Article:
Thursday, February 18, 2010

Constitutional Conservatism

Yesterday, with great fanfare, an assemblage of movement conservatives issued the “Mount Vernon Statement.”  In at least one respect, it’s a strange document. It consists mostly in an anodyne recital of constitutional principles. Who would dispute that the Constitution: “applies the principle of limited government based on the rule of law”; “honors the central place of individual liberty in American politics”; or “encourages free enterprise”? I suppose liberals might get their back up a little at the suggestion that the Constitution “supports America’s national interest in advancing freedom and opposing tyranny” or “informs the conservative defense of family, neighborhood, community and faith.” But in each case, the verbs I’ve italicized are too weaselly to make the proposition worth contesting. On its face, The Mount Vernon Statement isn’t an ideologically provocative document.

The strange thing is that accomplished ideological infighters like Ed Meese, Grover Norquist and Richard Viguerie clearly think that they’re lending their names to a conservative manifesto. Evidently, they’ve persuaded themselves that conservatives, and conservatives alone, are the guardians of a constitutional order because the Constitution is a conservative document (my emphasis).

"Each one of these founding ideas is presently under sustained attack. In recent decades, America’s principles have been undermined and redefined in our culture, our universities and our politics. The selfevident truths of 1776 have been supplanted by the notion that no such truths exist. The federal government today ignores the limits of the Constitution, which is increasingly dismissed as obsolete and irrelevant. . . .

"The change we urgently need, a change consistent with the American ideal, is not movement away from but toward our founding principles. . . .

"If we are to succeed in the critical political and policy battles ahead, we must be certain of our purpose.

We must begin by retaking and resolutely defending the high ground of America’s founding principles."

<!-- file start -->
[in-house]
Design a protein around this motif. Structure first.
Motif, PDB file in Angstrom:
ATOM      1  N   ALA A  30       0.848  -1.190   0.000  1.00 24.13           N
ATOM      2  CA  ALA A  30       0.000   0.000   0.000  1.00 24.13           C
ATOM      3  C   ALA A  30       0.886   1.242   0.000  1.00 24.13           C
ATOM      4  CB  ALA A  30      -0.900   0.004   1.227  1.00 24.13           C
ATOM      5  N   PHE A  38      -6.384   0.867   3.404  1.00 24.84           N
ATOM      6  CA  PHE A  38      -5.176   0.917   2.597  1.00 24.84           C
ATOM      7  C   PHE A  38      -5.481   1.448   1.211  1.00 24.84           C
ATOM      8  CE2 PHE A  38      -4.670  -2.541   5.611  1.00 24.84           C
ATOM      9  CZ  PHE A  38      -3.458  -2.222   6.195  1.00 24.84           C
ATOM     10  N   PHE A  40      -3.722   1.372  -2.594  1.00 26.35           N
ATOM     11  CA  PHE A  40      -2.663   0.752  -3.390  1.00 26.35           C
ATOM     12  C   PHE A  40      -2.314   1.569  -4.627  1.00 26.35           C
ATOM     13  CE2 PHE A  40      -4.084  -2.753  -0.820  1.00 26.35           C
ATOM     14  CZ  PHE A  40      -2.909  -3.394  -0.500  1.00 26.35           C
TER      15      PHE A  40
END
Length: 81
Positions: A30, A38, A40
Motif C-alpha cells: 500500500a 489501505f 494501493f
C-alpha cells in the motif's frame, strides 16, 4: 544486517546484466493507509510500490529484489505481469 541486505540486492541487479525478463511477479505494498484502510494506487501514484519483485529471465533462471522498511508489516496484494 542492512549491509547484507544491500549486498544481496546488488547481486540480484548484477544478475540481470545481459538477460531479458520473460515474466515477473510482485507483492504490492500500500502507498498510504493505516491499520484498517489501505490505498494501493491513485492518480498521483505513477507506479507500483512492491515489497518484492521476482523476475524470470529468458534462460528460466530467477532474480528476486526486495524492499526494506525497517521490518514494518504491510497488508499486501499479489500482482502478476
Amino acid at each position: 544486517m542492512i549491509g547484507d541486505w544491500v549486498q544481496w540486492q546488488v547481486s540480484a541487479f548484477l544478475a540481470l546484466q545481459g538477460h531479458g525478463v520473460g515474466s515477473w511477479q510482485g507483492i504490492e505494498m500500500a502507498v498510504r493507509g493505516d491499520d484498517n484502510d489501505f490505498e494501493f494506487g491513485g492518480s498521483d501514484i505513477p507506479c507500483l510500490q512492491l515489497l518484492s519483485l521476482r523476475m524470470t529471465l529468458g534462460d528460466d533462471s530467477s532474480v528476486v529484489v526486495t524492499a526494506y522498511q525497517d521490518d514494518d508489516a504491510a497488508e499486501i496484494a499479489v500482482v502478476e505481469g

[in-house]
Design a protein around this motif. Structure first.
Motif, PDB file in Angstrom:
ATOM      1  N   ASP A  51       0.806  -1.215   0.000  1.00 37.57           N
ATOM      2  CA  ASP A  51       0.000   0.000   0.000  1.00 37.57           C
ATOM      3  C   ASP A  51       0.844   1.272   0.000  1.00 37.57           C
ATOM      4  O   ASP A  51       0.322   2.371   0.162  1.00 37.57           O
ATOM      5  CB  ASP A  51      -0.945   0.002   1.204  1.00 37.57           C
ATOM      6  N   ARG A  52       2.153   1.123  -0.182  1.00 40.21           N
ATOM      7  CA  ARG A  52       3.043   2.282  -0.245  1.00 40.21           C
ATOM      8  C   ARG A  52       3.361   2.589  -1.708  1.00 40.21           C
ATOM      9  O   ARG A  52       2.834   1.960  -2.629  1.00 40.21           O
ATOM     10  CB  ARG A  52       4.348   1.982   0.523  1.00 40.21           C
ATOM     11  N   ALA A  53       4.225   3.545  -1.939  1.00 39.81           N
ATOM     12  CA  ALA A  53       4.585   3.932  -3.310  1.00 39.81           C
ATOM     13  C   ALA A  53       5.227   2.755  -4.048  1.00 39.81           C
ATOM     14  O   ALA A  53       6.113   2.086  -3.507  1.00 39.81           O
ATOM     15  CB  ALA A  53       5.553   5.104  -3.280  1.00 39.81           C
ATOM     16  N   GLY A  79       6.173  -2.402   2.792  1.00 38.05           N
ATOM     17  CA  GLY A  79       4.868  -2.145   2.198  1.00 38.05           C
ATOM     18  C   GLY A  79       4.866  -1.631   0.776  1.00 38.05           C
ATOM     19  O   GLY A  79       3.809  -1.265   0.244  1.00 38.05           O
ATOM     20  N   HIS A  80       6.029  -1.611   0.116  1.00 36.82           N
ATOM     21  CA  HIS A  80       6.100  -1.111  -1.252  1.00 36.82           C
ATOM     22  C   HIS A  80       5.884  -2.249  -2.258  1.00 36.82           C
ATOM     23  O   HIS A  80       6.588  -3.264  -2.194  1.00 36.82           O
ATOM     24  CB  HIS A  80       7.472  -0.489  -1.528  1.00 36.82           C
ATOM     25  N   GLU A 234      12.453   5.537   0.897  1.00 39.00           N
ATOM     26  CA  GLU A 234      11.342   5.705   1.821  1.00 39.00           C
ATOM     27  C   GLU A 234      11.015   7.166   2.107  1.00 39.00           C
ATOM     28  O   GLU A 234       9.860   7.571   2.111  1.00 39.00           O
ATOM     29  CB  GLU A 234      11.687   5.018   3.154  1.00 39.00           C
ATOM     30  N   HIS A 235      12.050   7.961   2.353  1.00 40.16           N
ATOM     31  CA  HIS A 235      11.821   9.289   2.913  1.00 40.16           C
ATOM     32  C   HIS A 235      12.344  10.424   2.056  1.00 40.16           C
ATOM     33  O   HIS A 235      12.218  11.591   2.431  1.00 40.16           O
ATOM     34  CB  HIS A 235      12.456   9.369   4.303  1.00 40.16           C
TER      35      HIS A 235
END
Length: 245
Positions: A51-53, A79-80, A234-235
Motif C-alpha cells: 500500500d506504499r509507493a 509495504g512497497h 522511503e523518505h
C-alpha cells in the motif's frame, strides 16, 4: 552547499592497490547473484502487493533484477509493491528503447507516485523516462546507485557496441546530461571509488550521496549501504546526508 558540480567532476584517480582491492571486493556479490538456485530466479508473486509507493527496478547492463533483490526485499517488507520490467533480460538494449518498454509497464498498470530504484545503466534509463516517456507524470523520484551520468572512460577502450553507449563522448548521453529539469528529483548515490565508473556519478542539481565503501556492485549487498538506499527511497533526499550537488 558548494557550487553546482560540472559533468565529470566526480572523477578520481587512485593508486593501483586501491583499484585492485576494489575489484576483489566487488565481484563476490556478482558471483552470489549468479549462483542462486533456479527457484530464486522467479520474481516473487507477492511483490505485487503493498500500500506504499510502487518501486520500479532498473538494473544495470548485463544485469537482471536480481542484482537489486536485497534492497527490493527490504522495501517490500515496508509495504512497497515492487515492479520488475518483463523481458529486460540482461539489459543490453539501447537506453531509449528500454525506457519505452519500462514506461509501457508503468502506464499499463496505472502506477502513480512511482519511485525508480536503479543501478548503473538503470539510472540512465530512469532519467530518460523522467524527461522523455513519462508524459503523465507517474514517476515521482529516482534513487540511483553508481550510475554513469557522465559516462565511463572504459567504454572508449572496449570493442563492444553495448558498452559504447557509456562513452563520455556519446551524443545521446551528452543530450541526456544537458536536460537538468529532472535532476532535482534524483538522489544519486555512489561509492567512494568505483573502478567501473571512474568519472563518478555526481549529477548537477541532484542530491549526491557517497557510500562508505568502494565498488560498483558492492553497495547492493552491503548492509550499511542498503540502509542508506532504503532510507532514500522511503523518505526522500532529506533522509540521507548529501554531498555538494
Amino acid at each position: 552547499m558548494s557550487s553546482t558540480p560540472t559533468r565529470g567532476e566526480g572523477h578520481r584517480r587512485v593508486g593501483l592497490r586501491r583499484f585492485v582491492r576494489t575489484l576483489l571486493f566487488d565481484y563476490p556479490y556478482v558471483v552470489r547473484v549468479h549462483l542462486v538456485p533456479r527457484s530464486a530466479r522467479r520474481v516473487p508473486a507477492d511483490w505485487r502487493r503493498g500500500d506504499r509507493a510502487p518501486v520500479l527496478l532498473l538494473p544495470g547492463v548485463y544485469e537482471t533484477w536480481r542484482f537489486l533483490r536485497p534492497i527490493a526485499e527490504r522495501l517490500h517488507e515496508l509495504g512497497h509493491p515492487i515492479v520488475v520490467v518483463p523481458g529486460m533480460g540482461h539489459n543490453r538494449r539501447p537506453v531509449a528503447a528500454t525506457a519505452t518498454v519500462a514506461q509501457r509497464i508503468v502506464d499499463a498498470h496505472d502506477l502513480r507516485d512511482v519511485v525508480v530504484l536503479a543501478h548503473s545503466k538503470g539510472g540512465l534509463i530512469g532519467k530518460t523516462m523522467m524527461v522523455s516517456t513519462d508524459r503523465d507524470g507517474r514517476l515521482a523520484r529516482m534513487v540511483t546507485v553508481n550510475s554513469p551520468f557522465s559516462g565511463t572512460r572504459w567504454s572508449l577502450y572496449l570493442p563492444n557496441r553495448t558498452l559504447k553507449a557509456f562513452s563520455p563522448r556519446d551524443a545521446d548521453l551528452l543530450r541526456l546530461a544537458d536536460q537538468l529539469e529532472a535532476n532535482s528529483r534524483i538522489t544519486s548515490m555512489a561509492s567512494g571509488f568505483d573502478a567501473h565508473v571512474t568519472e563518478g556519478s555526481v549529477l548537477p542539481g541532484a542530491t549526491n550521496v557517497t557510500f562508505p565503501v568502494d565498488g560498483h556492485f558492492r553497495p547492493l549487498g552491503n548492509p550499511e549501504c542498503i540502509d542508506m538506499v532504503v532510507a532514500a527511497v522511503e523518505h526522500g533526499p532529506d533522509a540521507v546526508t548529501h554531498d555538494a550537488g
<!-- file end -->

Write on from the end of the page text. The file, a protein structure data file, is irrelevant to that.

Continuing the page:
There’s nothing unusual about accomplished partisans tying their agenda to, and portraying their political opponents as subverters of, widely embraced civic ideals. I’m interested in The Mount Vernon Statement for what it says about the evolution of American conservatism. Let’s take up the suggestion by one of the signatories, Kathryn Lopez of National Review, that “[t]he Mount Vernon Statement is . . . meant to be in the tradition of the 1960 Sharon Statement” that was signed by an assemblage of conservatives at William F. Buckley’s Connecticut home. The two documents present an interesting comparison.

The Sharon Statement is an extraordinarily elegant statement of conservative principles. But it portrays those principles as being independent of, and prior to, the constitutional order. The foundation of conservatism, on this view, is the belief in “the individual’s . . . God-given free will,” the indivisibility of political and economic freedom, limited government, the market economy and international communism’s being the principal threat to liberty.

The constitutional order is only commended as “the best arrangement yet devised for empowering government to fulfill its proper role.” Unlike The Mount Vernon Statement, The Sharon Statement affirms the Constitution because in constitutes an institutional framework within which political conservatism is possible. It doesn’t presume that the framework itself is inherently conservative.

That’s a big difference. The Sharon Statement takes the 1960 constitutional order for granted. That was period in which, owing to the constitutional revolution during the New Deal, liberal economic regulation was presumptively constitutional. But it was before a series of Supreme Court decisions inserted the judiciary into the middle of the culture wars by constitutionalizing questions of sexual morality. In 1960, it was still possible to regard the constitutional order as a neutral arena for the ideological contest between liberals and conservatives. That’s the sort of constitutional order that Antonin Scalia's jurisprudential originalism is designed to maintain.

The Mount Vernon Statement dispenses with the notion of an ideologically neutral constitutional order. It contests not just the wisdom of modern liberalism, but its constitutionality. In that respect, it recalls the constitutional jurisprudence of the Lochner era. 

I suppose you can’t blame conservatives for trying to put their ideological stamp on the constitutional order. Liberals have been doing that for a long time. But when both sides read their own ideology into the Constitution they'll come to regard every political setback as an intolerable usurpuation.  That's no way to run a constitutional democracy.

No comments: